Researcher in Nai Conservation
Cris Aguilar has been working for many years as a volunteer in Costa Rica’s nature reserves. Having graduated as a forestry and wildlife engineer at the National Technical University (UTN) she went on to working at the UTN as students tutour. Cris has experience as a field assistant and researcher with wild cats conservation projects such as Panthera-Costa Rica Corporation. Here she researched Ecology Roads on routes 10, 415 and 4. Also at Corcovado National Park with Erik Olson, professor of Northland college, monitoring big mammals with camera trapping. Cris has been working with Nai Conservation project in Talamanca Mountains and its communities as field and research coordinator for conservation of centroamerican tapir (Tapirus bairdii). Her work with Nai Conservation is not only focused on wildlife monitoring but also on creating a strong bond with people of communities that surround the protected areas of Costa Rica. Her work in some communities has allowed her to work with biological corridor committees in Costa Rica and get involved in other conservation projects in Central America.
Researcher in Nai Conservation
Esteban is a Costa Rican biologist who graduated from Universidad de Costa Rica (UCR), and is an MSc. candidate in Conservation and Wildlife Management from Universidad Nacional de Costa Rica (UNA). He is founder and director of Nai Conservation, a member of IUCN’s Tapir Specialist Group, a ZSL fellow, and is currently working along with other Central American conservation biologists in the Baird’s Tapir Survival Initiative. Through his work, Esteban aims to integrate the ecological data with human dimensions to solve conservation problems and build capacity for the local community and rangers.
Esteban has experience working with terrestrial vertebrate ecology and conservation, statistical modeling and lobbying for the inclusion of research outputs in conservation policy. In the last years he has conducted research and conservation action focused on Baird’s Tapir, and collaborated with researchers from Central America and Southeast Asia. His work is currently based in the highlands of the Talamanca Mountain Range in Costa Rica and expanding to other regions in the country.
Researcher in Invasive Species
Jimmy Barrantes Madrigal is a tropical biologist graduated from the Universidad Nacional de Costa Rica with a Master’s degree in Conservation and Wildlife Management from the same institution. He has worked as an independent consultant for management plans in protected areas and project management in biological corridors. In recent years he has developed research in the field of herpetofauna and invasive species. His area of interest is applied science focused on counteracting threats to wildlife with an emphasis on biological invasions. Currently, he collaborates with the National Commission on Invasive Alien Species of the National System of Conservation Area in Costa Rica (SINAC), he is the general coordinator of the thematic interest group on invasive species of the Mesoamerican Society for Biology and Conservation. In addition, together with professionals from Latin America, he is one of the promoters to consolidate the Mesoamerican network on invasive alien species at the regional level.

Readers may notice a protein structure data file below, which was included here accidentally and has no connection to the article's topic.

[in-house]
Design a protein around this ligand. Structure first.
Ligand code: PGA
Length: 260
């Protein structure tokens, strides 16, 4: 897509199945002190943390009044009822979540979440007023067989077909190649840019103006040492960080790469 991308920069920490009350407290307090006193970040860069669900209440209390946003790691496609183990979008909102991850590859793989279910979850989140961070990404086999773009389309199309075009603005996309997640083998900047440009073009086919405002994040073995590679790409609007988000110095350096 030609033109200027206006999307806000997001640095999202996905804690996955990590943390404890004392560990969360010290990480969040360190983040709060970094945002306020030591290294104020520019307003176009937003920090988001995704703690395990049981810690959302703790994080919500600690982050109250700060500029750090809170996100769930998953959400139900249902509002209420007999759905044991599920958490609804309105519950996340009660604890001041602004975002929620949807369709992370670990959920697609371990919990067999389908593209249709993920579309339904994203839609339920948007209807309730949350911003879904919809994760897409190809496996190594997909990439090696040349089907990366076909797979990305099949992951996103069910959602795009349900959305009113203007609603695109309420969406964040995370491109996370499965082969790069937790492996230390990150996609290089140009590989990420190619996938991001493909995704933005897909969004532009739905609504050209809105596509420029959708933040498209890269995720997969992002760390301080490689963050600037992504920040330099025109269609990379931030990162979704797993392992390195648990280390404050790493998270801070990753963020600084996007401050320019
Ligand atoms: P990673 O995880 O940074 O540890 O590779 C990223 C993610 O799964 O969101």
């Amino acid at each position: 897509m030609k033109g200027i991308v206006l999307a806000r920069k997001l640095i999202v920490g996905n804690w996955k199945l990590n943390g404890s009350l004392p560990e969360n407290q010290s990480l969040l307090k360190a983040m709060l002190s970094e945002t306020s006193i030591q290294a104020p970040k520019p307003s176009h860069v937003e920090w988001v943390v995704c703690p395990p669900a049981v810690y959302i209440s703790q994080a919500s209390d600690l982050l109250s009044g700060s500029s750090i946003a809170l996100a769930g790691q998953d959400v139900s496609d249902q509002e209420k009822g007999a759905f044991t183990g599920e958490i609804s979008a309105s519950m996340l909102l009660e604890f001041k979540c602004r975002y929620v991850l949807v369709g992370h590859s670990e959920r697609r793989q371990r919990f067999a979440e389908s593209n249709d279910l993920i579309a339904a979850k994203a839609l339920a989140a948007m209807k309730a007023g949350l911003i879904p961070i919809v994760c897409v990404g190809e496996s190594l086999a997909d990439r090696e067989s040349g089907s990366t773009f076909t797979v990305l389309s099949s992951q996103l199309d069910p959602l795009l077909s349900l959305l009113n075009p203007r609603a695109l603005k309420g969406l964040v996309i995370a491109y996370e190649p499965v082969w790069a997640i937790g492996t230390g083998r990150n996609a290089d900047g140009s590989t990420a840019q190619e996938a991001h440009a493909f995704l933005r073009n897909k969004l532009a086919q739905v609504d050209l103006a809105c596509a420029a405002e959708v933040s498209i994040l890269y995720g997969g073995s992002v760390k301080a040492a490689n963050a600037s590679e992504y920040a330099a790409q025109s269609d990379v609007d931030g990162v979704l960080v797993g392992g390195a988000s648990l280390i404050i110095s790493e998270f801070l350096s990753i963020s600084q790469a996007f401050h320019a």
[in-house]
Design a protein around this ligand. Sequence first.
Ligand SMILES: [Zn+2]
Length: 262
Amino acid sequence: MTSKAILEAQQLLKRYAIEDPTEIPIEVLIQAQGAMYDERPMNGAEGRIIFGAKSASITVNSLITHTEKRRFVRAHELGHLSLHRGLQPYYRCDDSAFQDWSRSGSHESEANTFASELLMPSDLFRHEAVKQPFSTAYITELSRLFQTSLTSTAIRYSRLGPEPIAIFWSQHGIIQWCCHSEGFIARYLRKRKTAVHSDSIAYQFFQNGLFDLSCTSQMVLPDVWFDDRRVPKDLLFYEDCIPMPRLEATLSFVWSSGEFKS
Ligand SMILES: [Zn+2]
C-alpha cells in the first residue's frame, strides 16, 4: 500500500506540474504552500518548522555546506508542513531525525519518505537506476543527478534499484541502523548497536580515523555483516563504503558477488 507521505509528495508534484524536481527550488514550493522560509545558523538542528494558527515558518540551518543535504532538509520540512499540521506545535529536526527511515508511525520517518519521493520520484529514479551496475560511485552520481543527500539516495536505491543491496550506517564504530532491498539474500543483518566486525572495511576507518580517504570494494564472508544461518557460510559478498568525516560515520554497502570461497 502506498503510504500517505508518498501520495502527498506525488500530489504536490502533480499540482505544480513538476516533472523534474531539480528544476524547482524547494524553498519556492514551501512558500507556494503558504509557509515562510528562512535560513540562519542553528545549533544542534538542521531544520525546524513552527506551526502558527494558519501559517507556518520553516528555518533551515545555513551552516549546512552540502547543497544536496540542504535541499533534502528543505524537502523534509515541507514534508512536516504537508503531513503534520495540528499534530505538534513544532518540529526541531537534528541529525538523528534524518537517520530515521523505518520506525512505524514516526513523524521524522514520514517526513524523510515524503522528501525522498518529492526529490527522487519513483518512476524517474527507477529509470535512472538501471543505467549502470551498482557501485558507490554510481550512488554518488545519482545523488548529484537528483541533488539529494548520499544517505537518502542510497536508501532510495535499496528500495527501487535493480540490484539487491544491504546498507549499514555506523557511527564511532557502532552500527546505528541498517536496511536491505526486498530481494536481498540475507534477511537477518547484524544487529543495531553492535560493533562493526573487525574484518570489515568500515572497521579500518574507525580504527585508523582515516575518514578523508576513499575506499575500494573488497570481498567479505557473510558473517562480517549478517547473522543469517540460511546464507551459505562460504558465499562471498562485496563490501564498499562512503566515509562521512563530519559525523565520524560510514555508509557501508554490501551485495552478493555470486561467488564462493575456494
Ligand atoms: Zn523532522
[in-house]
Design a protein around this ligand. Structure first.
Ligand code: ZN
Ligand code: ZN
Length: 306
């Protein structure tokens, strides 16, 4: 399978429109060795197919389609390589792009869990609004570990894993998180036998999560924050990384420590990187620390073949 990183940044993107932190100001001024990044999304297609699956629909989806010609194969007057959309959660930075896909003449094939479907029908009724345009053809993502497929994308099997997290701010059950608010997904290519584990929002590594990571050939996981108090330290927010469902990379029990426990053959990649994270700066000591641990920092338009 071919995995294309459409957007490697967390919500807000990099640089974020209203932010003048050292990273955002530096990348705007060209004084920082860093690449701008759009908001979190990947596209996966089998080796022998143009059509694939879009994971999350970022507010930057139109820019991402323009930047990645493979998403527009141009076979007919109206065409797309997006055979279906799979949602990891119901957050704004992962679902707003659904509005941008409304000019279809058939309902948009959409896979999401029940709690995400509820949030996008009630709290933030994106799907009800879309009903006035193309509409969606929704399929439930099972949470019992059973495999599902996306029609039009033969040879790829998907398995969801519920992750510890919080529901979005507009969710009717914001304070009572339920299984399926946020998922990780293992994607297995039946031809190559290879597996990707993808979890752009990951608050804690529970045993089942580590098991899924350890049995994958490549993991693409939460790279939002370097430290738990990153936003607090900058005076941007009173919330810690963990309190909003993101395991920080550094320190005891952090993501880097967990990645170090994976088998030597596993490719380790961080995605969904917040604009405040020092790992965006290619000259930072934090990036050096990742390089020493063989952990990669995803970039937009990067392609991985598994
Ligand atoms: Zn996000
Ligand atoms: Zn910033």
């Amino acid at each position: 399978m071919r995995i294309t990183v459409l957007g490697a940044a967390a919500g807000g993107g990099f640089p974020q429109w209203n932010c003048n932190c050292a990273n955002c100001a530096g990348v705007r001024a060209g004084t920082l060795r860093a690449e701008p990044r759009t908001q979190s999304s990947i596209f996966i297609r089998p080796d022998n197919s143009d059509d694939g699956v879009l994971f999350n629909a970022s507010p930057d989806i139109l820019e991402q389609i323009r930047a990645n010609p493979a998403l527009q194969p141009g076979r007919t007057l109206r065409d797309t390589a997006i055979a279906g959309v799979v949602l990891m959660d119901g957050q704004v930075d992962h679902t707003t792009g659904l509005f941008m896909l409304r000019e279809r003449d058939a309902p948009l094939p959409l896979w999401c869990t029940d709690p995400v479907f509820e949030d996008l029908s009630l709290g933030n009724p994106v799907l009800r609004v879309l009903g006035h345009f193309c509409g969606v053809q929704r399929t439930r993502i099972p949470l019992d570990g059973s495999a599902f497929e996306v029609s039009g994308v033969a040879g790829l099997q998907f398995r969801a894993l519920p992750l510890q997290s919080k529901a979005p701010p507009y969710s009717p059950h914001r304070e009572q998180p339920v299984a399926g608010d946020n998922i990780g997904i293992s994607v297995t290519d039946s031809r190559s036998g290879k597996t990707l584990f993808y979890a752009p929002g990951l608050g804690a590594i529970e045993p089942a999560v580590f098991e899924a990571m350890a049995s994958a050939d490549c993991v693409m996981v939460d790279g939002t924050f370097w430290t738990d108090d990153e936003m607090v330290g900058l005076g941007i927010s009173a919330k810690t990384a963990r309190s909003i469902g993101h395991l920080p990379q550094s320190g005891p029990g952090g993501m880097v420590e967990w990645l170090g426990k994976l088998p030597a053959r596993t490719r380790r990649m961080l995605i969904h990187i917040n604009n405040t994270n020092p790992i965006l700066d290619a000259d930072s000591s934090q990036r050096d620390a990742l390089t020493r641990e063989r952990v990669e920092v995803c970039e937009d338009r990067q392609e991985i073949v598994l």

Researcher in Skue Conservation
José is a graduate biologist from the University of Costa Rica. He is currently in the last year of his thesis of Licentiate in Zoology, where he researches some ecological and demographic aspects of the endemic mice of the Talamanca Mountain Range. He has participated as a researcher and as a professor in several projects and courses related to rodents and bats in Central America and has been an active assistant collaborator in the Museum of Zoology at the University of Costa Rica for more than 7 years. José is a member of the Small Mammals Specialist Group (SMSG) of the International Union for the Conservation of Nature (IUCN), of the Costa Rican Bat Conservation Program (PCMCR) and conservation partner in Costa Rica Wildlife Foundation. His main interest is the applied science to the conservation of species of small mammals, as well as to environmental education to understand and make better known the benefits offered by this important group of organisms. As well as trying to understand the population and health status of our endemic species, to propose where and how to direct conservation efforts that protect our native fauna.